GQ DECEMBER 2010 - by Alexis Petridis


Sometimes a journalist comes up with a description of an artist so acute, so perfectly realised, that it colours your judgement of them for ever more. So it was with Stuart Maconie's dubbing of Brian Eno as Professor Eno, which seemed to fix him in the public imagination as the eggheaded boffin of rock, called upon by U2 and Coldplay to make their music brainier. It was meant affectionately. Maconie is famously a huge Eno fan. He's also referred to him as, "the most important man in pop", and, "the most interesting human being I've ever encountered", which I can happily attest, is what you tend to think after you've interviewed him.

I met Eno a few years back, ostensibly to discuss his new album, and the conversation almost immediately went so wildly, intriguingly off-piste that the interview ended up in the politics section of the Guardian rather than arts. Furthermore, looking around his office, I realised that (a) we were barely scratching the surface of Eno's interests, and (b) my presence in his office was unlikely to constitute the highlight of an otherwise boring week. There was a white board with a to-do list on it: an interview about satire, something mysteriously described only as "From Hydrogen To Emergence" (probably one of his lectures, which have encompassed everything from recording studios to perfume to Albert Einstein's theory of relativity) a lunch with the late Anita Roddick, founder of the Body Shop, lunch with Tom Stoppard... I couldn't imagine he'd be talking much about his new album at any of those either.

So you can see why Stuart Maconie called him Professor Eno - and Professor Eno certainly didn't seem to mind when I asked him about it - but I can't help feeling it's a reductive title, not least because it distracts attention from the actual music he makes: people think of him as a kind of all-purpose boffin rather than a songwriter or musician. He's better known for things you might describe as connected to music - inventing the term "ambient", producing U2 and Coldplay, coming up with the three-second burst of sound that announces you've started up Windows 95 - than for the music he actually makes himself. When people do talk about his records, they tend to discuss them in terms of their pioneering achievements - "inventing" ambient on 1975's Discreet Music, "inventing" sampling on 1981's My Life In The Bush Of Ghosts - than what they actually sound like, or whether they're any good or not: it makes them sound like an earnest scientific experiment, something you admire rather than enjoy.

Perhaps that's why most people would be hard-pushed to name a single Brian Eno track. His best-known piece of music is probably the title track of his 1975 album Another Green World, but although TV viewers know it - because it's been the theme of the BBC's arts series Arena for the past thirty-five years - they don't necessarily know what it is: ask most Arena viewers to hum Brian Eno's Another Green World and they'd be stumped. His second - best known piece of music is probably An Ending (Ascent), which has appeared on everything from Red Dwarf to a Liberal Democrat party political broadcast, a thing of such bewitching, melancholy loveliness that when Top Gear played it over footage of Jeremy Clarkson driving an Aston Martin instead of the usual closing theme, internet message boards lit up with the theory that they were sending out a coded message to viewers that they weren't going to make any more programmes. Again, ask what Brian Eno's An Ending (Ascent) sounds like and you're likely to get no more than a shrug.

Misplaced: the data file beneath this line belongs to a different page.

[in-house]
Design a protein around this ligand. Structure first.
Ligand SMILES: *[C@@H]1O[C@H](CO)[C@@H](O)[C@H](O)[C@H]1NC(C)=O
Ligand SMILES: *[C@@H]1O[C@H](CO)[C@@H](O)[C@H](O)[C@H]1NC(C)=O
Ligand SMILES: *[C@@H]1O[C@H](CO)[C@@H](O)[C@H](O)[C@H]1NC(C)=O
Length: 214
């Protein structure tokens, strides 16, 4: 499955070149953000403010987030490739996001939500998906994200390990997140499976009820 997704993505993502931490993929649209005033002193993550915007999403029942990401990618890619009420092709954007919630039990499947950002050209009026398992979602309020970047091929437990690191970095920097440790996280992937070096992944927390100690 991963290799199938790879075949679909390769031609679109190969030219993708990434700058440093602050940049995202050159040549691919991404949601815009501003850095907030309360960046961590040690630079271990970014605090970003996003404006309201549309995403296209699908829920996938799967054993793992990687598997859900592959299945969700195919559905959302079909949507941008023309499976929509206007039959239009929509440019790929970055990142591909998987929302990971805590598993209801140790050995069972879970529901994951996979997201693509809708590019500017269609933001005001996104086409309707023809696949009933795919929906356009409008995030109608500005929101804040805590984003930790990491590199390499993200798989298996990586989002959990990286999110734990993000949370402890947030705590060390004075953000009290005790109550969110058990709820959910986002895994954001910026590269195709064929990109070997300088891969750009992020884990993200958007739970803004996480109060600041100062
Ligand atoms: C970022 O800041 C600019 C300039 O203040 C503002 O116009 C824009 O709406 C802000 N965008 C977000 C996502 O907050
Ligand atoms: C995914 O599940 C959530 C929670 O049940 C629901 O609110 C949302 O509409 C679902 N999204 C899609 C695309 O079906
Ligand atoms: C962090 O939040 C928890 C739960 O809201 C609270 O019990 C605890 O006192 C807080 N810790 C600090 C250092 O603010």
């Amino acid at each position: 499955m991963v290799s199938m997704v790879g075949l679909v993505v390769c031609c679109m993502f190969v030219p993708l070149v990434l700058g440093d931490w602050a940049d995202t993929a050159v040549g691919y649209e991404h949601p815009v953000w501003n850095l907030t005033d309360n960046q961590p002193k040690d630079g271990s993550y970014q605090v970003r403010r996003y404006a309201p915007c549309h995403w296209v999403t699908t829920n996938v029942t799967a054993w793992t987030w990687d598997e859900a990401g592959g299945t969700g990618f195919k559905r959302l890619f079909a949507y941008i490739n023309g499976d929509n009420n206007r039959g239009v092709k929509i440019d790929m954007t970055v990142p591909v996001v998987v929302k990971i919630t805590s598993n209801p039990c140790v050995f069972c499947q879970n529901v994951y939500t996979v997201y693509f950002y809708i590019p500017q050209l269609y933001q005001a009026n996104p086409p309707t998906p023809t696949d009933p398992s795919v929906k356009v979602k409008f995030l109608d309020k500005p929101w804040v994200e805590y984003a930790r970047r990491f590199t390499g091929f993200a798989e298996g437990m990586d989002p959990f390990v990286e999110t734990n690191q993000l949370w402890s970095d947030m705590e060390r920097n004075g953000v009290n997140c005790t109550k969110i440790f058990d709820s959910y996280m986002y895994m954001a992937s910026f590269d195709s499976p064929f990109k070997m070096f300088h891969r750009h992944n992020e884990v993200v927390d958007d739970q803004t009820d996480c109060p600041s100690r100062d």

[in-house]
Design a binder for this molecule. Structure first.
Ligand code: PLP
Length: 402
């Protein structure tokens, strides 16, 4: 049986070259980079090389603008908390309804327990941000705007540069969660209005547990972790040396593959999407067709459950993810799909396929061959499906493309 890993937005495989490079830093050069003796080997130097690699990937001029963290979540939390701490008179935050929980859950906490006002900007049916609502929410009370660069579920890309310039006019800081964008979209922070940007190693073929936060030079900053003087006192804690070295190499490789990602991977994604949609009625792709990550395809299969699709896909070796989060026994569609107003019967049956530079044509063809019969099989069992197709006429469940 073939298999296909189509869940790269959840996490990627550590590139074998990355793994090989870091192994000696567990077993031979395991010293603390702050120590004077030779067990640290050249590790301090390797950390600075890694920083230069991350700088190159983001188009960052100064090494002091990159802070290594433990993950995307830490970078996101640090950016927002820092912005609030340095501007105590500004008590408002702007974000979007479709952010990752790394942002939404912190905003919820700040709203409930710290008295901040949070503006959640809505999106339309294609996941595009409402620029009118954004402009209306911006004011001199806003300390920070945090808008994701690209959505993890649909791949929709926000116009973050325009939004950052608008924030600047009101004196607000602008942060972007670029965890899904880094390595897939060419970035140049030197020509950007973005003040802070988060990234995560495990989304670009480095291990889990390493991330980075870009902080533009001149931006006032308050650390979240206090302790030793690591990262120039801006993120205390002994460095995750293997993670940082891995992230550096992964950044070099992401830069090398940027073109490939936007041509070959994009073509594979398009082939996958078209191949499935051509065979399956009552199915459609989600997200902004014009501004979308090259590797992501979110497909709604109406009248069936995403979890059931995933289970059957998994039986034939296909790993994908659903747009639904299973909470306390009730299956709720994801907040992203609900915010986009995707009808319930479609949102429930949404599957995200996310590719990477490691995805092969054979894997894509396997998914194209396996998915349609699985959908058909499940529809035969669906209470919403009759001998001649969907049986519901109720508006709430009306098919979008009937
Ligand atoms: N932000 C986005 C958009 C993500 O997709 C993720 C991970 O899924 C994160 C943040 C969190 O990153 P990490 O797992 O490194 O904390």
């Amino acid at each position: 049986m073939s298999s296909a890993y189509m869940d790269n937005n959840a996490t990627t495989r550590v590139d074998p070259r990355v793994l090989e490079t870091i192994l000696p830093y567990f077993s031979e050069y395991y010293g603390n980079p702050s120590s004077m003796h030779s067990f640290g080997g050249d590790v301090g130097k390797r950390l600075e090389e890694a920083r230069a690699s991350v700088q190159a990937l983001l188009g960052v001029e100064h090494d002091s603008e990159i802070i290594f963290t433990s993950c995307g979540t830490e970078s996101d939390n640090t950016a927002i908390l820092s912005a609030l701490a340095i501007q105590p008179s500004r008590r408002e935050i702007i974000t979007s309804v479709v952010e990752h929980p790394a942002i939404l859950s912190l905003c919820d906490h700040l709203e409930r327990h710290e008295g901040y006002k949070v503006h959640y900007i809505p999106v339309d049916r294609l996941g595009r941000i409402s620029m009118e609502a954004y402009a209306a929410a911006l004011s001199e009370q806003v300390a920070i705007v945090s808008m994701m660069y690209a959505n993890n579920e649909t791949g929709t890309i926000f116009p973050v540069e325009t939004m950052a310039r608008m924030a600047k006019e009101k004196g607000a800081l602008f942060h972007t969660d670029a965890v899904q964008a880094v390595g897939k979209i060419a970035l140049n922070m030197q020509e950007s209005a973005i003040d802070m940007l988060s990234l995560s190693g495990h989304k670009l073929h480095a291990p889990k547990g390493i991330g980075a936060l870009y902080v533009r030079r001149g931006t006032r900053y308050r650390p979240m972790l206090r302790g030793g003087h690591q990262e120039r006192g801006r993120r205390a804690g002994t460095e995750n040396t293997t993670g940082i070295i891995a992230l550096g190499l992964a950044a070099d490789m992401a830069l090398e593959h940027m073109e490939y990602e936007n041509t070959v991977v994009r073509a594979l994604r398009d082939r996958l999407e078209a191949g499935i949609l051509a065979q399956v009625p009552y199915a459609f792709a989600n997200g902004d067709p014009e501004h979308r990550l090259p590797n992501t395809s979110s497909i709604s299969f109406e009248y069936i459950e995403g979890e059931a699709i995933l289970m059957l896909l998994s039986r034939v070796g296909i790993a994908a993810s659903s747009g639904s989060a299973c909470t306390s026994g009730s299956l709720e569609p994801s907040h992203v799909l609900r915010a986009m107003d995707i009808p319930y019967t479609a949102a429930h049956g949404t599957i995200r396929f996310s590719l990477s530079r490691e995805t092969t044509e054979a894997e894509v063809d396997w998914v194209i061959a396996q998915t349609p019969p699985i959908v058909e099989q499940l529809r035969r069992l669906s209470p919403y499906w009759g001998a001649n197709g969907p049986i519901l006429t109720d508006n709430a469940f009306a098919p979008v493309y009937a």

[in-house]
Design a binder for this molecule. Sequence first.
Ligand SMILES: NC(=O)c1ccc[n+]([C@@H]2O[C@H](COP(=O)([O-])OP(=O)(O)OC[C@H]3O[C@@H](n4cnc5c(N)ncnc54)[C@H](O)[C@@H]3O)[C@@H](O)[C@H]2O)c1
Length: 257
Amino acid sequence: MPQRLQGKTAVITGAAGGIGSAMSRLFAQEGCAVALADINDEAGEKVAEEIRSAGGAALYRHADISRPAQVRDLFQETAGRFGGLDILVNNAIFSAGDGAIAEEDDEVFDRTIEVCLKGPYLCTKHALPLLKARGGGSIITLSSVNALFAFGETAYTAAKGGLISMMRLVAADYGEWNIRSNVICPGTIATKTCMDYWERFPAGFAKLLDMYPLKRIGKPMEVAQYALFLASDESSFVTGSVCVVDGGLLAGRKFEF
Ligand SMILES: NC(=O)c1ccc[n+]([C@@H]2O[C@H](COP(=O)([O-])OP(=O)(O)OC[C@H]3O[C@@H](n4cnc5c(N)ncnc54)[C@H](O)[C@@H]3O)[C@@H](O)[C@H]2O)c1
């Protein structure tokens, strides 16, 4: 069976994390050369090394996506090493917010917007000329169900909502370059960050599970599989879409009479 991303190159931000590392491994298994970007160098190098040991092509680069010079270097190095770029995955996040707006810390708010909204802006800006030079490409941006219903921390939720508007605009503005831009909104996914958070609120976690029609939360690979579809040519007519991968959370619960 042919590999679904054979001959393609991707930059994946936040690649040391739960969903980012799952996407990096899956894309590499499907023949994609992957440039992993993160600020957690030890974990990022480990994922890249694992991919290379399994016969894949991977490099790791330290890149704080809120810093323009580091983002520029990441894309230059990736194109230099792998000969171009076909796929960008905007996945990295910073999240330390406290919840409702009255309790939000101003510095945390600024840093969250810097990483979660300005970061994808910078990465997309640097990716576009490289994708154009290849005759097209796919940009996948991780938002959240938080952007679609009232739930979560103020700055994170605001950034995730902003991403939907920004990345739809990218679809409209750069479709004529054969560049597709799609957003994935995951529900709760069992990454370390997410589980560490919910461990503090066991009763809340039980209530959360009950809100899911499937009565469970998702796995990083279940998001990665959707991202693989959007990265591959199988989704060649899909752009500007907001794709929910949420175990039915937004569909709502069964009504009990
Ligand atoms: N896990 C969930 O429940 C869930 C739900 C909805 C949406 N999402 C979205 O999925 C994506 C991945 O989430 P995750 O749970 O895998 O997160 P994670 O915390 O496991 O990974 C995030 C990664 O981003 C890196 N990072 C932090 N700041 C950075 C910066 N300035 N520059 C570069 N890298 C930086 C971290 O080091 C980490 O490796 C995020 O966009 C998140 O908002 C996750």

You could reasonably suggest that's because, like the material on his new album Small Craft On A Milk Sea, both those pieces of music are ambient, and in Eno's own definition of ambient, it's music that's meant to be "easily ignored". Nevertheless, it's hard not to feel he's undervalued as a musician. All great rock'n'pop artists have what Neil Tennant of Pet Shop Boys famously called an imperial phase, a purple patch when everything they release is amazing, when they can apparently do no wrong. Brian Eno's imperial phase as a recording artist never seems to warrant a mention among the big ones - The Beatles from 1962 to 1969, The Velvet Underground from 1967 to 1970, David Bowie from 1970 to 1980 - which seems a little baffling: from Roxy Music's debut album in 1972 to the release of The Pearl in 1984, Eno never put his name to an album that was anything less than incredible.

Eno made albums full of idiosyncratic, very English-sounding pop songs. If you're never going to get something like 1973's Here Come The Warm Jets confused with the oeuvre of James Blunt, its contents are infinitely less foreboding and more fun than the brainiac image might suggest: there's a lush, melancholy romanticism about the orchestral swoon of On Some Faraway Beach that cries out for someone like Elbow to cover it, while the title track has that least Eno-ish of things, a fantastic guitar riff.

Small Craft On A Milk Sea, meanwhile, continues in a grand tradition of ambient albums that transcend their off-putting experimental status because the end results of those experiments are so emotive and lovely: miles away from the kind of musical soft furnishing that constitutes latter-day chill-out music, Eno's ambient music can feel as if it's changing the temperature of the room in which its playing. There's something frosty and fascinating about the music on The Plateaux Of Mirror or On Land; a cosseting, electric-blanket warmth about Music For Airports. These aren't the academic dabblings of a dilettante who'd rather be off producing Bono or lecturing about hydrogen. They're amazing records that should make the 100 Best Lists but never do, made by someone who should be celebrated as one of Britain's greatest ever pop stars, but never is. You should hear them.